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Analysis | Global CO2 Distribution

The Global CO2 Distribution product provides a visual representation of CO2 mole fractions based on global 2.0×2.0° grids as numerically estimated using observation data from around 150 sites worldwide.
   Observation data and numerical modelling of atmospheric transport allow estimation of CO2 mole fractions for various areas over extended periods including regions for which there are no observation data. In particular, Global CO2 Distribution provides information on CO2 mole fractions in upper-air regions where there are no data except for a small number of aircraft observation results.
   The analysis method and related accuracy are described below, with further details provided in the articles listed at the bottom of the page.

Analysis outline

analysis procedure

CO2 flux serves as a fundamental quantity in the numerical analysis, and is defined as the amount of CO2 passing by a unit area of ground or sea surface in a unit time. The change in the amount of CO2 at one point on the surface will be reflected, via the transport of CO2 by wind, in CO2 mole fractions over an extensive region, including upper-air spaces. In other words, the CO2 mole fraction for a particular time and place is evaluated as the sum of the influences of all fluxes under consideration. Calculation of this process is governed by an atmospheric transport model that describes the transport of CO2 by wind. In this work, the model GSAM-TM (Nakamura et al., 2015) is adopted.

   To prevent estimated mole fractions from being unrealistic, three prior fluxes concerning human activity, the terrestrial biosphere and oceans are produced in consideration of various studies on CO2 emission and uptake. Based on these data, the atmospheric transport model makes an initial estimate of mole fractions for every grid point and time step of simulation (1). As the resulting mole fractions generally do not correspond to actual observation values, the compensation procedure outlined below is carried out.

   With the whole globe divided into a number of prescribed regions, the atmospheric transport model estimates how a monthly unit amount of flux allocated to each region influences mole fractions for every grid point and time step. A coefficient is then determined for each unit flux so that the set of fluxes multiplied by the coefficients best compensates for the correspondence mismatch stated above. In determination of the coefficient set, uncertainties in prior fluxes and observed mole fractions are appropriately considered. This approach is known as the inversion method (2 3).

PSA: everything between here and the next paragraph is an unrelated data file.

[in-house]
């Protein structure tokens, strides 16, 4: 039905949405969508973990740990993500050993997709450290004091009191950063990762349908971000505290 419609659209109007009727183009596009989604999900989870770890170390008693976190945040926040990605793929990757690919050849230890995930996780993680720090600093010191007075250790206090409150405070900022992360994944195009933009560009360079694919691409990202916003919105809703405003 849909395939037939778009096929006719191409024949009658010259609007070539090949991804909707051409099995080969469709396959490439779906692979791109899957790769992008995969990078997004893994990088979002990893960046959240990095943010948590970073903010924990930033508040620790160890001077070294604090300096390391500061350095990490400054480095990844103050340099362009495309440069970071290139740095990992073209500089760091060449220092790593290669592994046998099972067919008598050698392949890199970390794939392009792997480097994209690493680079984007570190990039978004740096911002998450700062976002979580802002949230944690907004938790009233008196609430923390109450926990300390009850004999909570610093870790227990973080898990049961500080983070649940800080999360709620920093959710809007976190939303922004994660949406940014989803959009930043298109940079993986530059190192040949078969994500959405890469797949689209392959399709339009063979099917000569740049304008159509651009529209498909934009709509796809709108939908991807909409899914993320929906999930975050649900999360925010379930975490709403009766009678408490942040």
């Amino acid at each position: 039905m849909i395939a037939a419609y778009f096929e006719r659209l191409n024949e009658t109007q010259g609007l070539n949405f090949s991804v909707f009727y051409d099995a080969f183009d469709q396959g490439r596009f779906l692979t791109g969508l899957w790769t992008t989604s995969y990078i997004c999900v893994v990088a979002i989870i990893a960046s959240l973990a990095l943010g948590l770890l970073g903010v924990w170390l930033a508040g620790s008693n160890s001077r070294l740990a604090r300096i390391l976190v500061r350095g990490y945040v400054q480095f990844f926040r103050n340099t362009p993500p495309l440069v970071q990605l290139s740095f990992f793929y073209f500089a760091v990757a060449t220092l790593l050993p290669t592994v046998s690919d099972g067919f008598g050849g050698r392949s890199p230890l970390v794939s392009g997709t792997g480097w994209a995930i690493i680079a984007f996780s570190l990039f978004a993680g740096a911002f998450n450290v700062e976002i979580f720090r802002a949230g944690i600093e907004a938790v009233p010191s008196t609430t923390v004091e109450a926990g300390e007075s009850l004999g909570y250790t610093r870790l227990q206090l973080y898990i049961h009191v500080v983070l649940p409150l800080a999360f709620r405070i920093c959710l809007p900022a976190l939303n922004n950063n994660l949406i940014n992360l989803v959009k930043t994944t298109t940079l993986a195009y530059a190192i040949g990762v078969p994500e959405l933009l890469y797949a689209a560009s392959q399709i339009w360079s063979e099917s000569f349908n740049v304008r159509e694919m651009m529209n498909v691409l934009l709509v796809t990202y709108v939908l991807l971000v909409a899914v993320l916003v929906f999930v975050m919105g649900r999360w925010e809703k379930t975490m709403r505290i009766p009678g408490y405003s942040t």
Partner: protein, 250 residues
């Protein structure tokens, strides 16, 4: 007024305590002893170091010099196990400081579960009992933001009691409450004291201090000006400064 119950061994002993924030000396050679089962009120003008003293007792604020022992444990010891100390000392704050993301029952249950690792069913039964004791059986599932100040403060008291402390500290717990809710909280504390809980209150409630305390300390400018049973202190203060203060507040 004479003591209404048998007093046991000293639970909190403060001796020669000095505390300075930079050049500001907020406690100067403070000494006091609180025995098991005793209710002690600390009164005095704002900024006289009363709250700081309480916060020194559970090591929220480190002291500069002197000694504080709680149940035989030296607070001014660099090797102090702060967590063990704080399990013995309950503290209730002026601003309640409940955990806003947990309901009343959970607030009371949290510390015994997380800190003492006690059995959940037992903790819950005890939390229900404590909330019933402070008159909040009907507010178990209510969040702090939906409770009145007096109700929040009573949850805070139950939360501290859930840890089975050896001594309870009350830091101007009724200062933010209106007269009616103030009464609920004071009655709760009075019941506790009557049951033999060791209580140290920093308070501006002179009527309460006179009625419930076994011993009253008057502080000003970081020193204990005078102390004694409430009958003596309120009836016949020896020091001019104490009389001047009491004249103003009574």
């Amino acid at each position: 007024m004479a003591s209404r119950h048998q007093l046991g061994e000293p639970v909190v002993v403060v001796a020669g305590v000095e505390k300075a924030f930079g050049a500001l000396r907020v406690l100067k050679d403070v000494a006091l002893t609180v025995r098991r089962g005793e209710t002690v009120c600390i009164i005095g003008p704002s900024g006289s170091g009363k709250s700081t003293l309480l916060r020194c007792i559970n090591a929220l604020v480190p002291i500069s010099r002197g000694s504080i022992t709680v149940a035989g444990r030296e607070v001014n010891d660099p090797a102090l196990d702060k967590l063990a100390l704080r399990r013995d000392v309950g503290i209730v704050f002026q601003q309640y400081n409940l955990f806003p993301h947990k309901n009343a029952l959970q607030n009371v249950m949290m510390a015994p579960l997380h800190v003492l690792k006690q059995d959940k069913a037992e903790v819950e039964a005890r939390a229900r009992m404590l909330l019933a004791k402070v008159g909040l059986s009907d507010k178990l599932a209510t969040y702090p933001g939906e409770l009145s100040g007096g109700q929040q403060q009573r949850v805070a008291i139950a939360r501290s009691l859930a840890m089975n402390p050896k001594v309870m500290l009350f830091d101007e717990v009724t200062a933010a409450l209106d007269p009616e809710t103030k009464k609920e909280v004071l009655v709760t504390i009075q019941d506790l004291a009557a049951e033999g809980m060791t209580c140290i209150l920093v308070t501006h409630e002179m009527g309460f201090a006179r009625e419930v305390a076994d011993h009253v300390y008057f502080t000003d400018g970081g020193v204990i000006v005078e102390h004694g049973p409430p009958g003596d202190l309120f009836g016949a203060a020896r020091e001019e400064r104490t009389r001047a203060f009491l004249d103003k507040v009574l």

Based on the prior fluxes and the fluxes determined using the inversion method described above, CO2 mole fractions are finally determined for every grid point and time step, and the outcomes are used to create the Global CO2 Distribution product (4).

Accuracy of simulated CO2 mole fractions

Nakamura et al. (2015) compared numerical results with observation data from the CONTRAIL* project that are not adopted in the analysis, and found that the root mean square difference was around 3 ppm from the surface to a height of 1 km and around 1 ppm at a height of 6 km.

*CONTRAIL (Comprehensive Observation Network for TRace gases by AIrLiner) is a project run by National Institute for Environmental Studies, Meteorological Research Institute, Japan Airlines (JAL), JAMCO Tokyo and the JAL Foundation (JALF), and financially supported by the Ministry of the Environment.


The authors are grateful to all contributors for permission to use the relevant data. This work is supported by the National Science Foundation (OCE-9900310), the National Oceanic and Atmospheric Administration (NA67RJ0152, Amendment 30), the Global Analysis, Interpretation, and Modeling Project of the International Geosphere Biosphere Program, and the Global Carbon Project. Thanks also go to R. Law, K. Gurney and P. J. Rayner for providing the TDI model codes.


Nakamura, T., T. Maki, T. Machida, H. Matsueda, Y. Sawa and Y. Niwa (2015):Improvement of Atmospheric CO2 Inversion Analysis at JMA, A31B-0033 (https://agu.confex.com/agu/fm15/meetingapp.cgi/Paper/64173), AGU Fall Meeting, San Francisco, 14-18 Dec. 2015.

Maki, T., M. Ikegami, T. Fujita, T. Hirahara, K. Yamada, K. Mori, A. Takeuchi, Y. Tsutsumi, K. Suda and T. J. Conway (2010):New technique to analyse global distributions of CO2 concentration and fluxes from non-processed observational data, Tellus, doi: 10.1111/j.1600-0889.2010.00488.x.

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